This Article examines these issues surrounding the clash of religious liberty with marriage equality and demonstrates how the expansion of marriage equality has resulted in the contraction of religious liberty.  To maintain religious liberty, this Article proposes that governmental policies that refuse to accommodate individuals with faith-based objections to same-sex marriage be subject to strict scrutiny.  Thus, challenges to such governmental policies must be justified by a compelling governmental interest and narrowly tailored to effectuate that interest under the Free Exercise Clause of the First Amendment. 

 

TRIBUTES TO PROFESSOR BILL SCHROEDER

Dedication...................................................................................................... 237

It is a Wonderful Rule: Reflections on the Life and Career of Professor William A. Schroeder Through the Lens of Federal Rule of Evidence 404(A)

Christopher W. Behan..................................................................................... 239

“Your Time to Shine is Drawing Near”: Remembering Professor Bill Schroeder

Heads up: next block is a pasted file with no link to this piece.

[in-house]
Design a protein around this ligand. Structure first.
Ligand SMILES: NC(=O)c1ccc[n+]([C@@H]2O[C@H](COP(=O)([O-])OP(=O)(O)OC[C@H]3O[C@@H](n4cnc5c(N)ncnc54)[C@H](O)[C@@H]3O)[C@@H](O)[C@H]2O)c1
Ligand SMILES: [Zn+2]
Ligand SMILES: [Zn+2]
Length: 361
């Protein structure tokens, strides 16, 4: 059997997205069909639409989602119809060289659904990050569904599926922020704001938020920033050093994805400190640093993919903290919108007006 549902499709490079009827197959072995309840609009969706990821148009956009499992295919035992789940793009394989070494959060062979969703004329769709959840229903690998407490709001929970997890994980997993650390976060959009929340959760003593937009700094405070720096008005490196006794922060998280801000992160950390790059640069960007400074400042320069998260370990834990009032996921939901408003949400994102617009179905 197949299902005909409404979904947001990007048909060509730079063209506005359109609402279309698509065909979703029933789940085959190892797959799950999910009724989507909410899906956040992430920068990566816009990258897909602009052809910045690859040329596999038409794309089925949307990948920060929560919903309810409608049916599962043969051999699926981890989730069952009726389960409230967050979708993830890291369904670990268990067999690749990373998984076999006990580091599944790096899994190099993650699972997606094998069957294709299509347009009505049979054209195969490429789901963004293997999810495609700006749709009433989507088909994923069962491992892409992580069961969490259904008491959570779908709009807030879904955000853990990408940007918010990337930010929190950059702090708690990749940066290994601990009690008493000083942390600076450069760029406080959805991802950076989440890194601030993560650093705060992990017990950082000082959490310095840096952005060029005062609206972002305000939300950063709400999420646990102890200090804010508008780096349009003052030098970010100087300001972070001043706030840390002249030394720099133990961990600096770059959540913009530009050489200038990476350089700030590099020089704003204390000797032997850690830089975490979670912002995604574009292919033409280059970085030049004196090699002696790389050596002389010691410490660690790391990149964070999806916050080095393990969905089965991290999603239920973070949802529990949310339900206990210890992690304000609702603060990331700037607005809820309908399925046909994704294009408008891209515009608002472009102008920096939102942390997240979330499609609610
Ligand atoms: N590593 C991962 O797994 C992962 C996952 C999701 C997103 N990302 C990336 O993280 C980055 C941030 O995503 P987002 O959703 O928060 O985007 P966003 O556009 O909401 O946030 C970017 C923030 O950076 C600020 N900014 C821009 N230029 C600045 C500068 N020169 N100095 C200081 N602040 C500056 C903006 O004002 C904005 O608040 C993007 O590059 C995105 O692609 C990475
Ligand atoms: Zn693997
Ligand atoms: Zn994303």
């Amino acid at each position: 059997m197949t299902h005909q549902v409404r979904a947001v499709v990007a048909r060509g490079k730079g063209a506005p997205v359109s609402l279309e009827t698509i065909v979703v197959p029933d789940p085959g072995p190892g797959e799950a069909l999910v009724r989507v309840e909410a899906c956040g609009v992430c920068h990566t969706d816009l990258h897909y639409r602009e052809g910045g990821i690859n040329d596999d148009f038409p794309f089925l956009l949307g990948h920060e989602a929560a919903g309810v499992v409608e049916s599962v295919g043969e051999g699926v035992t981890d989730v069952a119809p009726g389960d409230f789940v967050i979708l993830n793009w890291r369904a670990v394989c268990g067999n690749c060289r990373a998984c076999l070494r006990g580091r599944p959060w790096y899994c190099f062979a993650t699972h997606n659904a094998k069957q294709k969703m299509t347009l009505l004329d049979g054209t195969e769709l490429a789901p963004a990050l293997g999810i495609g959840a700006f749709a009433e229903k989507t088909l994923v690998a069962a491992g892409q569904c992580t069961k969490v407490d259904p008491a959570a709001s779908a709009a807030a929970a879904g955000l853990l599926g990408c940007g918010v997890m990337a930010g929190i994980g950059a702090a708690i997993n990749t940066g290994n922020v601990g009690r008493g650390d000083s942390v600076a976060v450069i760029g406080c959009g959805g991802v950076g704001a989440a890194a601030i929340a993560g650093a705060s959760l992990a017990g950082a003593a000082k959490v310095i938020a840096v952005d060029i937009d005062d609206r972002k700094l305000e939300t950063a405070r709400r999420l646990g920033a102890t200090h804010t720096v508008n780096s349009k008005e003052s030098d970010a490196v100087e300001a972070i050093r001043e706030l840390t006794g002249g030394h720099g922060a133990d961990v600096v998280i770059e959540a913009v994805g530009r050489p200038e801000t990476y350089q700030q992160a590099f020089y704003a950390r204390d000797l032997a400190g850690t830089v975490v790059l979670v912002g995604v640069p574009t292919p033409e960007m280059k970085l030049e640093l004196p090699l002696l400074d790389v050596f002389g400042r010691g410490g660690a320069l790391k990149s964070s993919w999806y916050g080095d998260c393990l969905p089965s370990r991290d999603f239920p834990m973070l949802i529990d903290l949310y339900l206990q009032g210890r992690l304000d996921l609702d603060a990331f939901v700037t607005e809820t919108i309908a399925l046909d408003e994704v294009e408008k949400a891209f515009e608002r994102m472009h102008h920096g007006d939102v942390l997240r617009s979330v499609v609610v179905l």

Cynthia L. Fountaine....................................................................................... 247

Bill

Brannon P. Denning..........................................................................................253

Remembering Bill Schroeder

Patrick J. Kelley.................................................................................................257

Professor Schroeder

Angela J. Rollins.................................................................................................259 

   

COMMENTS 

Cyber Insecurity: Constitutional Rights in the Digital Era

Jennifer M. Paulson.......................................................................................... 261